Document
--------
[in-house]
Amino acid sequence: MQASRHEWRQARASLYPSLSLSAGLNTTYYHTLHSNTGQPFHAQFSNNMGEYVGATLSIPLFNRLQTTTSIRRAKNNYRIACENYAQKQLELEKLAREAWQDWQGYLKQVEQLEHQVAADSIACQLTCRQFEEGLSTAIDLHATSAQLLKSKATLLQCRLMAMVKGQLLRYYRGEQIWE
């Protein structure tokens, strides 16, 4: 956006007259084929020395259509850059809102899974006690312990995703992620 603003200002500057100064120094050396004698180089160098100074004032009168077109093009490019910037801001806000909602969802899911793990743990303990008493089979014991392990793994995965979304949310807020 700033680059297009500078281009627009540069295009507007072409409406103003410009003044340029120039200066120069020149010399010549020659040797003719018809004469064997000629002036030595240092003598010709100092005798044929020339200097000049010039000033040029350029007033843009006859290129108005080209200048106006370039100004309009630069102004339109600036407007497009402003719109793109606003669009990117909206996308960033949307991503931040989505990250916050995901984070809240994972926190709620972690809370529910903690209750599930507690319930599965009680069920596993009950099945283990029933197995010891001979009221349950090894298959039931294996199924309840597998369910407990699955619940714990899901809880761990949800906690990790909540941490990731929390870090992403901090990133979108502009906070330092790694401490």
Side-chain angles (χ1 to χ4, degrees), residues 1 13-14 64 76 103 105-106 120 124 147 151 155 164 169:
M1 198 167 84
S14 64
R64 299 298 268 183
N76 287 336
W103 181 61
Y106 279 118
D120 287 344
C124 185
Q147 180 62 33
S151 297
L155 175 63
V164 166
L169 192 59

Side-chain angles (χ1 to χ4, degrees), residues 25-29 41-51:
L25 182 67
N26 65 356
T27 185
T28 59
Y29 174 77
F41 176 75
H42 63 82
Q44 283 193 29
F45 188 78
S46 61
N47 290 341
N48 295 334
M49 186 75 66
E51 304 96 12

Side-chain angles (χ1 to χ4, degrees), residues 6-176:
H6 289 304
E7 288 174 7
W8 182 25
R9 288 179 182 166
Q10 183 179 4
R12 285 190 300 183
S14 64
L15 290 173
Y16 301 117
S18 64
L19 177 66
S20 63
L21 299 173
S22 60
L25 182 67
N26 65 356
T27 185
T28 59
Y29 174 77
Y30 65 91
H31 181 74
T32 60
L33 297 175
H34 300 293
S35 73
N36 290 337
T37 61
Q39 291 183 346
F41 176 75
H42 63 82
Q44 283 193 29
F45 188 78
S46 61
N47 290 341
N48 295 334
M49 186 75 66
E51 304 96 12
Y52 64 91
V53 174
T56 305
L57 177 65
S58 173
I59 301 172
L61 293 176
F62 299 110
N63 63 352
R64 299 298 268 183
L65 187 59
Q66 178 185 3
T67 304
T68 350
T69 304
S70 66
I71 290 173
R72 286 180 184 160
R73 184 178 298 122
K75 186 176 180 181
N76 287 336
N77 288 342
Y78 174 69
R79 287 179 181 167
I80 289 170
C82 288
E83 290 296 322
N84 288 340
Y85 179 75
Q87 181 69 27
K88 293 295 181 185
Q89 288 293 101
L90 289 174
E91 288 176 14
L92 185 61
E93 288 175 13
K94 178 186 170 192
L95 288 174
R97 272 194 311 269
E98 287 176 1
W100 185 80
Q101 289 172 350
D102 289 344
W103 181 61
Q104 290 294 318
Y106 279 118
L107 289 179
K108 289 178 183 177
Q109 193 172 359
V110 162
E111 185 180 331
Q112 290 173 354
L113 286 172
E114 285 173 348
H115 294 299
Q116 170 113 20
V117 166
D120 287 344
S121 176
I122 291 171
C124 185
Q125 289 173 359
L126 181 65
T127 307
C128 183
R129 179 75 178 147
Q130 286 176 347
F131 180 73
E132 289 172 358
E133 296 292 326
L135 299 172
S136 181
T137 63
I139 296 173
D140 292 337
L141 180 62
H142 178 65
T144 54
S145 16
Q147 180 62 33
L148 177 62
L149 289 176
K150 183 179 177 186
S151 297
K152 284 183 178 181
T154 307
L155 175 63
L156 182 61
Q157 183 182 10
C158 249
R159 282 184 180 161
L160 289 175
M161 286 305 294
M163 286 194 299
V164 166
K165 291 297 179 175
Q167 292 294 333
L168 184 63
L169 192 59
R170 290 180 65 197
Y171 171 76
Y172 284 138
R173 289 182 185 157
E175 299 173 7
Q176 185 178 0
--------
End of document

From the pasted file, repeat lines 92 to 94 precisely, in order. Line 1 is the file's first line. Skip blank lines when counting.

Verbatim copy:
N77 288 342
Y78 174 69
R79 287 179 181 167